Personal Branding lesson from : Would the Terminator get Terminated

Used wisely, email is a great tool. It’s instant and costs next to nothing compared to the mail AND your targets secretary won’t intercept and delete it!

Guess AGAIN! 

The challenge is getting your message delivered – and opened. The proliferation of SPAM of all kinds has forced most employers and certainly all head-hunters to install sophisticated software that automatically deletes unapproved email.

So how can you increase the likelihood that yours will be one of the very few unsolicited emails that gets opened? The answer is both simple and difficult: write a great subject line.

To do this, you must be clear, compelling and specific.  Here’s a drab, uninspiring subject line like the hundreds I get every single day:


Sales VP Resume attached for your review

Yawn. It entirely lacks sizzle, a sense of urgency, and specifics.  What a waste of ether. I wouldn’t open it.

Let’s bring it to life:

David, how many VPSales can generate $150 M new revenues in just three years?

It’s long, but it takes you somewhere interesting. It has a fighting chance of enticing a click-through.

In the previous example, the jobseeker has no direct personal or business connection with the potential employer. But if there is such a connection, make it clear in the subject line, in an intriguing way:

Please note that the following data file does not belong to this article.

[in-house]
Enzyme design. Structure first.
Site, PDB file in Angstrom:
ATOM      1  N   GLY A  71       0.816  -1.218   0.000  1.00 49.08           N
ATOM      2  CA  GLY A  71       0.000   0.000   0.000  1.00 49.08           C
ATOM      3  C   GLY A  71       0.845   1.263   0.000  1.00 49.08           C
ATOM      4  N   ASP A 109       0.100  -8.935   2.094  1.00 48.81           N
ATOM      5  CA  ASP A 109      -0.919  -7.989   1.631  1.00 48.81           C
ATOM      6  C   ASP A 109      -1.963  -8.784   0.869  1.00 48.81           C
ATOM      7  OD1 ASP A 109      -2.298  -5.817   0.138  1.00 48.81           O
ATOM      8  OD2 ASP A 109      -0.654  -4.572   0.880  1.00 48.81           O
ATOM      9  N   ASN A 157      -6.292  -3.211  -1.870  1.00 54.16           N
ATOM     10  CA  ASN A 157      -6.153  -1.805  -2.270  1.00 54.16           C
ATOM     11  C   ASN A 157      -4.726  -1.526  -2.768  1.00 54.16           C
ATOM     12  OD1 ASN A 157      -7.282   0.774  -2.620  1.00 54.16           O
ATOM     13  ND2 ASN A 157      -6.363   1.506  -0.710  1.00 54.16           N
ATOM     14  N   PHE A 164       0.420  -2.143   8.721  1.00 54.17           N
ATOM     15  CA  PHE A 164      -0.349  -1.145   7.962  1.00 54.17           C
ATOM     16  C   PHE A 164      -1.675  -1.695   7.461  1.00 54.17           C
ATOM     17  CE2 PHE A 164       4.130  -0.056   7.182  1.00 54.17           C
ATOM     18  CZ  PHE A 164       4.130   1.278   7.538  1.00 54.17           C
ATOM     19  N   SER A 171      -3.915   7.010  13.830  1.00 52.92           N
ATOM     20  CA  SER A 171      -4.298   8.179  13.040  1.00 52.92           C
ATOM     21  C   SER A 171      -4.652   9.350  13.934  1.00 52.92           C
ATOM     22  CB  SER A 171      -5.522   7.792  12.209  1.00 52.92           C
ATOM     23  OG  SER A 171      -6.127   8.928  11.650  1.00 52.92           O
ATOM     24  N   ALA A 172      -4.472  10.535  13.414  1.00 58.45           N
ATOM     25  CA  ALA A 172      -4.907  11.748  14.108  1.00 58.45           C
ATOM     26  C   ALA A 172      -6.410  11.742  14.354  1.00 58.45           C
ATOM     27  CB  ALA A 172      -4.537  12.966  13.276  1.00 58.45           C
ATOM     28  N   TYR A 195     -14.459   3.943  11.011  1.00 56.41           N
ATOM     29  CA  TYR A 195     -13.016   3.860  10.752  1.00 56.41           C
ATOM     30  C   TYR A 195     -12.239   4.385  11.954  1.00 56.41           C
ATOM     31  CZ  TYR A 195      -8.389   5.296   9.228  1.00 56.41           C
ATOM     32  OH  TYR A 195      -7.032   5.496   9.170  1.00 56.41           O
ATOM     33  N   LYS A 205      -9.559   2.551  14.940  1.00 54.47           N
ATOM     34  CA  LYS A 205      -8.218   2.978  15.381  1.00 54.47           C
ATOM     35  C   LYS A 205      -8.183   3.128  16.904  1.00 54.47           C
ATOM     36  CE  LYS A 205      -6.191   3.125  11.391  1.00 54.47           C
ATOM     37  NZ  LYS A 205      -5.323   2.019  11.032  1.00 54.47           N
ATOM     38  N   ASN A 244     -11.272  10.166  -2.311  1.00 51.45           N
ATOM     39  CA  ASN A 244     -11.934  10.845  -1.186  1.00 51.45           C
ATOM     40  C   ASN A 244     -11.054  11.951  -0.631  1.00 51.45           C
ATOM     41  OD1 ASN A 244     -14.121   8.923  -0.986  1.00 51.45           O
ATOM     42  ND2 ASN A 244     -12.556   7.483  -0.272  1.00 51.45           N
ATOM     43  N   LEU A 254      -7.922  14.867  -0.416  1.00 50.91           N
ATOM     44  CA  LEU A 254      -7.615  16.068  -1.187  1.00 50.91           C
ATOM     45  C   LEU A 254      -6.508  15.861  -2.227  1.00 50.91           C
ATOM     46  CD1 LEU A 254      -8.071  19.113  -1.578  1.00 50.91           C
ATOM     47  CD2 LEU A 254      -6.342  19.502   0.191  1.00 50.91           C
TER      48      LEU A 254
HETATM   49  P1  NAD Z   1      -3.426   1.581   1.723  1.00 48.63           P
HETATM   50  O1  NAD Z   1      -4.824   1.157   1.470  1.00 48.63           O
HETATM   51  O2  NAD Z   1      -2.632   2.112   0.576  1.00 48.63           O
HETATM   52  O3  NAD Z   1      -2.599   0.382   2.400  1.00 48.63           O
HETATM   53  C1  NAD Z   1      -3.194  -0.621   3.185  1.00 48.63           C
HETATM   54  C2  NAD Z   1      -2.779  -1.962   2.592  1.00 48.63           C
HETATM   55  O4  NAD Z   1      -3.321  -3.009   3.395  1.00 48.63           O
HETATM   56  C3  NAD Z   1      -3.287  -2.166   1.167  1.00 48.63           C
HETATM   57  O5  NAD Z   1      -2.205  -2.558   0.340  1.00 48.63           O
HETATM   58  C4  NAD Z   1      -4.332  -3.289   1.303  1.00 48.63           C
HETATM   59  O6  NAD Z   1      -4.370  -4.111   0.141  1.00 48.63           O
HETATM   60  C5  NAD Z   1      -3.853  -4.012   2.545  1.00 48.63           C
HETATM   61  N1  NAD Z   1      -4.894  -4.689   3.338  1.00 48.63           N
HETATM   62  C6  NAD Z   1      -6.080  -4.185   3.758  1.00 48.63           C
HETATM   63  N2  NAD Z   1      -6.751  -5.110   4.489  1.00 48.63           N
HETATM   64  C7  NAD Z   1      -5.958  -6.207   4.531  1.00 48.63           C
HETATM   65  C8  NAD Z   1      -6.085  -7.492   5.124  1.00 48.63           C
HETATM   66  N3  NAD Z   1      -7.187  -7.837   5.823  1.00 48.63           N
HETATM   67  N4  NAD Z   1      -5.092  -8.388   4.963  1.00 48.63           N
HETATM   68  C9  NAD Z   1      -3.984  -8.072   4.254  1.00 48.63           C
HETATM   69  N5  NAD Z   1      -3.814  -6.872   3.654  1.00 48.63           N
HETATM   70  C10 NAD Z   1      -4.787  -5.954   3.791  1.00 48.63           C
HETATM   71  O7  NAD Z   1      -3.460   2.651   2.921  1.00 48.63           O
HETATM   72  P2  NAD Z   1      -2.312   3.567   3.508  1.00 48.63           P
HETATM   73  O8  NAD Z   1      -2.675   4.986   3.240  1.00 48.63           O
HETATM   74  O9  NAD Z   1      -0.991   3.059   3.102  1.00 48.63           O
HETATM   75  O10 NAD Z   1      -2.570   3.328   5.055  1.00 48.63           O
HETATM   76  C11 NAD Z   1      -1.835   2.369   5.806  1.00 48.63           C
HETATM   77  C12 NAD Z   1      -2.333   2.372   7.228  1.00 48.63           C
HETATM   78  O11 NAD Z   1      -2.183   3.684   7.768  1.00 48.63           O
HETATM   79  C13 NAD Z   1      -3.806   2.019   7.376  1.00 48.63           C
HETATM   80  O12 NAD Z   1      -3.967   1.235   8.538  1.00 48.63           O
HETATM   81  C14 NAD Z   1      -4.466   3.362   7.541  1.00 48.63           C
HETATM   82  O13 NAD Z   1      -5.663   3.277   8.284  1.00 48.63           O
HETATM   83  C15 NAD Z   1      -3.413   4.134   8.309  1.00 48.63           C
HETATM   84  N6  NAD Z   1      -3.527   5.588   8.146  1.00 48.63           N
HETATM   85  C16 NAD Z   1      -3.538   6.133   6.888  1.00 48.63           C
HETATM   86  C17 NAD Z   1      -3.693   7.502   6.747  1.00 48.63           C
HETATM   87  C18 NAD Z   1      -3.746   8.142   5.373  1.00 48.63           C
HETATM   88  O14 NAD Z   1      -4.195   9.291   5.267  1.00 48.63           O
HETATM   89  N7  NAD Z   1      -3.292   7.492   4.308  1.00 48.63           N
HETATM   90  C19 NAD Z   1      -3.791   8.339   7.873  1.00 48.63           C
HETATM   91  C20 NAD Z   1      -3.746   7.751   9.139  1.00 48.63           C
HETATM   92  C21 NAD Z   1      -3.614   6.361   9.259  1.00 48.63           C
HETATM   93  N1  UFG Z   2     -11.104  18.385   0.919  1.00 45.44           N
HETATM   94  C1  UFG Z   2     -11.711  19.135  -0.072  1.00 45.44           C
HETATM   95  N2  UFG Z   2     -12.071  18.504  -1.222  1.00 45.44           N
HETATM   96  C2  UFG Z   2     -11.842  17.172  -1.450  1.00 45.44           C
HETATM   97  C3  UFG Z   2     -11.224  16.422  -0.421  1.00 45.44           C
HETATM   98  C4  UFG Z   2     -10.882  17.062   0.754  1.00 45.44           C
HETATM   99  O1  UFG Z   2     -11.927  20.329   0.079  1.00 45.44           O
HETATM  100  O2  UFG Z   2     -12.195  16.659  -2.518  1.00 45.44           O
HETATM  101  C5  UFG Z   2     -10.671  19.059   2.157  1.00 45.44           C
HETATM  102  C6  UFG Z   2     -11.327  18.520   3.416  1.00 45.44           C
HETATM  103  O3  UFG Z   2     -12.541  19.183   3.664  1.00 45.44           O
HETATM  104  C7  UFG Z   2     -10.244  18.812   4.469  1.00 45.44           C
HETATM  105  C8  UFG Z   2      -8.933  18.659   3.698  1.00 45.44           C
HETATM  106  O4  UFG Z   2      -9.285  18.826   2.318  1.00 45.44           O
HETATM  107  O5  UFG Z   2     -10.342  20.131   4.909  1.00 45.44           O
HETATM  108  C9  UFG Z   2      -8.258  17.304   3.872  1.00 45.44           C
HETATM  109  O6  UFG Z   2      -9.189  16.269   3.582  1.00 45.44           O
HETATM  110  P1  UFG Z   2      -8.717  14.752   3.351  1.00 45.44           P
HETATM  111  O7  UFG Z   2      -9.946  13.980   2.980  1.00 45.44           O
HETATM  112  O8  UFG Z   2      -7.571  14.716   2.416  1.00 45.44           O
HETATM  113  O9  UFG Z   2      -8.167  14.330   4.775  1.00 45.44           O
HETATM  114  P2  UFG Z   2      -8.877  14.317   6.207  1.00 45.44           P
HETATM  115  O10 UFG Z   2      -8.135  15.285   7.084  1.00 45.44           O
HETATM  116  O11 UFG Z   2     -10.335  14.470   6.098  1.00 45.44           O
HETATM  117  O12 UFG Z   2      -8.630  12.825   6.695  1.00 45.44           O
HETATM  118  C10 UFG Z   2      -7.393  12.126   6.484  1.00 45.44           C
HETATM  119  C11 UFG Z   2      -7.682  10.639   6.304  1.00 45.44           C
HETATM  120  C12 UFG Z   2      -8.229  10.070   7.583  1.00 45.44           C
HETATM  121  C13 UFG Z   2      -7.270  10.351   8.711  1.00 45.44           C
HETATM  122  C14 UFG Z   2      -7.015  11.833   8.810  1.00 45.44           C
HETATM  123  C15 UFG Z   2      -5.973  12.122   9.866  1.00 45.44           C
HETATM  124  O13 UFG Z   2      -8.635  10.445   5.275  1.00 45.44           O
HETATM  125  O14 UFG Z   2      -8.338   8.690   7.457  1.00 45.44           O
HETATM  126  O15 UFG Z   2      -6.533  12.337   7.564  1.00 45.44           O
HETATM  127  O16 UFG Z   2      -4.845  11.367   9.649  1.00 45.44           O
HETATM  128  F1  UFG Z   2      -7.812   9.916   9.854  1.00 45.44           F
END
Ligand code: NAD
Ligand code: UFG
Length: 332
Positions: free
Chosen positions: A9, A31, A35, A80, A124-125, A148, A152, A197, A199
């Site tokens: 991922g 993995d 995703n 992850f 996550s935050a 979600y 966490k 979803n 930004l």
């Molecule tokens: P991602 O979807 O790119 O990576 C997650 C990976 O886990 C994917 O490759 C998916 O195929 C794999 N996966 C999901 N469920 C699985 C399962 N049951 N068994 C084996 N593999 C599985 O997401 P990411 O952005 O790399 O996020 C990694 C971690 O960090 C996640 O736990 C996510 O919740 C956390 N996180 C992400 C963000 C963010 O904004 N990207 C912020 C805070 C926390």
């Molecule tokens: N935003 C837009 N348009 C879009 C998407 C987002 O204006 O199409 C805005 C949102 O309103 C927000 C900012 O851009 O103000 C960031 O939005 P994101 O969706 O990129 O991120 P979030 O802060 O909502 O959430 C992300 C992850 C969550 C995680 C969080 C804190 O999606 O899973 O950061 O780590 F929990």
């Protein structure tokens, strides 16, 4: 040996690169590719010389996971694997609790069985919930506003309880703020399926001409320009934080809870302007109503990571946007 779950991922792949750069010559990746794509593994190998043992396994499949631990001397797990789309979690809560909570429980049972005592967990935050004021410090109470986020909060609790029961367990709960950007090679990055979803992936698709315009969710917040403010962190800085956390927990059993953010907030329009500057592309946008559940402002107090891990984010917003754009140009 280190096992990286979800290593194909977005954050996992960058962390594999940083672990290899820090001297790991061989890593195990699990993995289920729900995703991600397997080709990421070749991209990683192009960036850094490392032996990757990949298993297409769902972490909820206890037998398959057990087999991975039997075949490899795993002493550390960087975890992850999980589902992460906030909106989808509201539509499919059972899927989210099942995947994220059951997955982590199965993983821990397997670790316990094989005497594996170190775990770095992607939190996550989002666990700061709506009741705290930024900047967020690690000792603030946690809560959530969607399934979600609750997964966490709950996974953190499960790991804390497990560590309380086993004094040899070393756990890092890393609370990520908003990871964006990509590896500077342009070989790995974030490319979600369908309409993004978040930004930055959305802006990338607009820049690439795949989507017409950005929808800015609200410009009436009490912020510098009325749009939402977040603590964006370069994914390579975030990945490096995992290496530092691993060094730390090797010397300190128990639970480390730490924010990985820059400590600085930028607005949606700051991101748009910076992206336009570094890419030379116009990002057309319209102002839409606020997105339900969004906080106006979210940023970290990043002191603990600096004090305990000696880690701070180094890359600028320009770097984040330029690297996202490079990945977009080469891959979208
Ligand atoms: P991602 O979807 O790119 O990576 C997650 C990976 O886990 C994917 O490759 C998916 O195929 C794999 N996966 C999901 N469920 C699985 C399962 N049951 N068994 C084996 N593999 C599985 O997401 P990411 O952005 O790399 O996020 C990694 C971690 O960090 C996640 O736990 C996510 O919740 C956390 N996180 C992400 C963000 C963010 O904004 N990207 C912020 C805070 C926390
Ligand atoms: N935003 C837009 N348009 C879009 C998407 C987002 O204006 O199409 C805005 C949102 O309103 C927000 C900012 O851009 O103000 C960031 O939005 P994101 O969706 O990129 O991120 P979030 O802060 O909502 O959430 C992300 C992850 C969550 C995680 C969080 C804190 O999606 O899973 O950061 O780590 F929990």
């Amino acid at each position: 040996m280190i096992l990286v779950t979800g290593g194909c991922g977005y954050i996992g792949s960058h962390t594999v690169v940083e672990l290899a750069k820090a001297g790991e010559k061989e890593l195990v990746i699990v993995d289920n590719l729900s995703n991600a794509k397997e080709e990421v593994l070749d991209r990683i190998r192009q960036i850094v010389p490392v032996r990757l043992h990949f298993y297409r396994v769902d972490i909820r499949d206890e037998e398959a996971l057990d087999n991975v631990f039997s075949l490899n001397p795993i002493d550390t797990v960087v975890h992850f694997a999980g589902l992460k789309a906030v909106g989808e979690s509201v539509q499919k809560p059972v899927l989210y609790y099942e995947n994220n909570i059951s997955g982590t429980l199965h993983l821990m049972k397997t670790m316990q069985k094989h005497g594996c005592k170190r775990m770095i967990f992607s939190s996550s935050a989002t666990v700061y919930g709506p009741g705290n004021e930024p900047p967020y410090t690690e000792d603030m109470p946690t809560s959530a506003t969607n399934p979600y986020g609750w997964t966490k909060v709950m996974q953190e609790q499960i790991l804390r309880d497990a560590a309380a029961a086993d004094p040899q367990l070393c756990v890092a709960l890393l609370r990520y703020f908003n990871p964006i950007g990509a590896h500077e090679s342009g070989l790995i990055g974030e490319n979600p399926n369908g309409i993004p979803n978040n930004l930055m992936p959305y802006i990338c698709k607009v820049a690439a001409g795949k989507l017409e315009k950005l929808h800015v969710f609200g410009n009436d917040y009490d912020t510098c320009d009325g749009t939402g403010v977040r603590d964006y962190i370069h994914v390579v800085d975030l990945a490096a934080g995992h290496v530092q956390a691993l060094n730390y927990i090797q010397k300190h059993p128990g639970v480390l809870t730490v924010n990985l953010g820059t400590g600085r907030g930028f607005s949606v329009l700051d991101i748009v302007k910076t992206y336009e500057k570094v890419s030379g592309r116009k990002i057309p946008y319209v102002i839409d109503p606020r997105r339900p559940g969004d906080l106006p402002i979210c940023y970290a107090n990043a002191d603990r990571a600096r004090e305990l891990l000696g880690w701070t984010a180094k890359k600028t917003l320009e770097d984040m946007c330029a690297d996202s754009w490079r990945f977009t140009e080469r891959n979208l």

David, Bob Hannah says you and I should talk

So your subject line does its job and the email gets opened. Now your first paragraph closes in for the kill. It can’t be like this:

As a senior sales and company executive, I have developed, mentored, and managed high performance sales teams, installed sales metrics and created sales plans and strategies in highly competitive markets. My experience includes both national and international duties.

Feel like you’ve read this before? I have, thousands of times. It’s as generic as an airport lounge. I get thousands like this every week. I never ever read them! To have an impact, the opening paragraph needs to have personality, attitude, and substance. Something like:

Hello David Perry,



VPs—they’re a dime a dozen. Right? Yes—with a few exceptions. Like me.

From June 2002 until March 2005, I drove revenues at XYZ Corporation from $80 million (and flat) to $130 million (and still rising). Before that, the sales team I led at XCO had the highest numbers across the global organization—18 quarters in a row.  Now I’m ready to repeat that kind of success for another company—like yours. Are you ready to talk to me? If so, give me a call right now at 123-4567. Let’s talk.

See the differences Guerrilla? Now it’s your turn. Drop and give me 20 then write a couple of your own and ask yourself – would anyone besides your mother open and read it?  Don't be terminated.

Compliments of David E Perry and Kevin Donlin. For more creative job search tactics, go to the Guerrilla Marketing for job hunters blog and download the free audio CD.

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